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Author Topic: Honeybees Pair Well With Almond Farms  (Read 3529 times)
ProPacific
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« on: May 24, 2011, 04:50:11 PM »

I came across this article while flying to Colorado for a Mother's Day Weekend trip. The article was in Southwest Airline's monthly publication, Spirit, and kept me entertained during the duration of the trip. The reader is enlightened on the role and importance of honeybees for California's leading agriculture export, almonds.

The article is written to be enjoyed by people with no experience with bees to beekeeping advocates! Great pics too!

Here is the link to the article: Buzzworthy by Hannah Nordhaus
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ProPacific
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« Reply #1 on: May 24, 2011, 04:53:02 PM »

Click the "Read Complete Article" link at the bottom of the article to see more pictures and the article in its original format. Its a PDF file.
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BjornBee
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« Reply #2 on: September 06, 2011, 07:23:53 AM »

The almond industry (as well as other pollination reliant industries) are on the fast track to developing produce that does not need pollination. The almond industry has been working on a tree that self pollinates for a number of years now. They have a tree that can produce around 30% of the current almond trees, without any need for bees. Within 20 years they claim, they will have further propagated this new tree so no bees are required and then it's all over for the bees.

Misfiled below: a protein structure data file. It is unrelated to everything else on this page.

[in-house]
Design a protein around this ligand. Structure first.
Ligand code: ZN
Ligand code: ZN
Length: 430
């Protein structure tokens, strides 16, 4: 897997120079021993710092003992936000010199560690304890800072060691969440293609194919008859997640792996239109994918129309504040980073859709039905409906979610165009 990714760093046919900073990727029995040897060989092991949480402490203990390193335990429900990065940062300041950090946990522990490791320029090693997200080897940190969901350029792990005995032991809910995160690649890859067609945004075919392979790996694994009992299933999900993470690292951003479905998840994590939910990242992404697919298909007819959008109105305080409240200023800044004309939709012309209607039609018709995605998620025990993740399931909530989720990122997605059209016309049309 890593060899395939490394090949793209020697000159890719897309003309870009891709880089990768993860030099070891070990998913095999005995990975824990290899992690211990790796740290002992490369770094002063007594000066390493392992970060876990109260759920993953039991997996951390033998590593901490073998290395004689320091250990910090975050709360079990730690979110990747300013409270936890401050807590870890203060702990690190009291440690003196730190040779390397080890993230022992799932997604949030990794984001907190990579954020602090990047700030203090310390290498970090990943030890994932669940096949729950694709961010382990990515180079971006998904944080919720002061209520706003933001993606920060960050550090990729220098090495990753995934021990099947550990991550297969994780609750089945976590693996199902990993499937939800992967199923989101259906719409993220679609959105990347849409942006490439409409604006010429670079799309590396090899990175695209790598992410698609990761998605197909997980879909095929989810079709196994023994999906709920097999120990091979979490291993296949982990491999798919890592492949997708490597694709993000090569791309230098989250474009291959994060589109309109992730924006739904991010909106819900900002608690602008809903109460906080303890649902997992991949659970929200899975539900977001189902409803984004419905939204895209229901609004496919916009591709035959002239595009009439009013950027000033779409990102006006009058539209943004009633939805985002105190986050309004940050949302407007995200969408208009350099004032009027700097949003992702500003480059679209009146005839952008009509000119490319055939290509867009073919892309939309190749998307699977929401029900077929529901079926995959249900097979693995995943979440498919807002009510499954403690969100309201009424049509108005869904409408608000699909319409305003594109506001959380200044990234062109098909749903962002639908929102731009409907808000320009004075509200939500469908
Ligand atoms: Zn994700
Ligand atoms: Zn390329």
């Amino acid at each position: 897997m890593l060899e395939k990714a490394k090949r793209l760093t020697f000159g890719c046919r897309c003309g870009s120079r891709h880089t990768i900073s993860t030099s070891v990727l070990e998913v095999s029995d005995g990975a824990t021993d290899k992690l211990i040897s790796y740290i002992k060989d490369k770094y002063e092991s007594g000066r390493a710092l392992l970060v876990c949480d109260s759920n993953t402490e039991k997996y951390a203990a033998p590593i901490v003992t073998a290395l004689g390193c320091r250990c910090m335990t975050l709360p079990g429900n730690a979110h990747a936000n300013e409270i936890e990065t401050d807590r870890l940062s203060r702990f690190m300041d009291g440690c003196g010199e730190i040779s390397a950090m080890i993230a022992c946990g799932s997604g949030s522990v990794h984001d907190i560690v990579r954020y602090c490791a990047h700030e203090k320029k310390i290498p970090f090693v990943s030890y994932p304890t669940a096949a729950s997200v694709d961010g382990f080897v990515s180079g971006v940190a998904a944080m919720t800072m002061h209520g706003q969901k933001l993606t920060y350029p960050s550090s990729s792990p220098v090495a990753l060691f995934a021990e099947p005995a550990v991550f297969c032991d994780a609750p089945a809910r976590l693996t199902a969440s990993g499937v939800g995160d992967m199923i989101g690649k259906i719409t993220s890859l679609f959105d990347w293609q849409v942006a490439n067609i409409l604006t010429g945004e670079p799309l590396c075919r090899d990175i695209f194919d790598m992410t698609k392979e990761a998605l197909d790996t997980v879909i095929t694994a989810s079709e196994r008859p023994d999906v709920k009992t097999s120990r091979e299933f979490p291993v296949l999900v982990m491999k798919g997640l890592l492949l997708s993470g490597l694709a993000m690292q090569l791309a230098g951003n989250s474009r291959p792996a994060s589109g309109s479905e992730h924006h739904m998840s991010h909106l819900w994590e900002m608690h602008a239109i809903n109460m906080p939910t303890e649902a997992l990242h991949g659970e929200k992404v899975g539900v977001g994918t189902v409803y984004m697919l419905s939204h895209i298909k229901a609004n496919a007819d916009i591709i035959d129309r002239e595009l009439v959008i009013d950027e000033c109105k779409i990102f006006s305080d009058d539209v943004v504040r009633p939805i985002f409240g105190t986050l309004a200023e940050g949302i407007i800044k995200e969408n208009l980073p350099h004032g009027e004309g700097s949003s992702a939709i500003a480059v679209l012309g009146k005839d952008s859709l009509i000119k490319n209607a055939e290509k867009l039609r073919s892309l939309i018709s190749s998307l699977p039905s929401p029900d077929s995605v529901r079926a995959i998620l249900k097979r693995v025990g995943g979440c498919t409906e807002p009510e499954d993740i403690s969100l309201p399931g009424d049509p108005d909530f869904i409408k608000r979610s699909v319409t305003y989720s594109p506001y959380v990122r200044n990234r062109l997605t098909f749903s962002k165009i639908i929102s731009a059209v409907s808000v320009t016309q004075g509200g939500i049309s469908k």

This past year, they have new cucumber that requires no pollination. And many other crops are headed this way.

So where will this leave the bees in twenty years? Migratory beekeeping will certainly be diminished. Without almonds, it will be tough for big operations to exist.

And when the food industry no longer needs to worry about the need for bees, our little sliver of support (a joke at best anyways) will no longer be there.


I wrote of this back in March. Scroll down to the article "Beekeeping 20 years from now"

http://www.bjornapiaries.com/beekramblings2011.html

« Last Edit: September 06, 2011, 08:06:21 AM by BjornBee » Logged

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rdy-b
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« Reply #3 on: October 03, 2011, 10:38:53 PM »

  theres a big down side to the self fertile almond tree that has so much promise-
 the nuts dont fall off the tree when the tree is shaken with conventional equipment
and for proper harvest without damage to the tree they have to be hand picked--  cheesy  RDY-B
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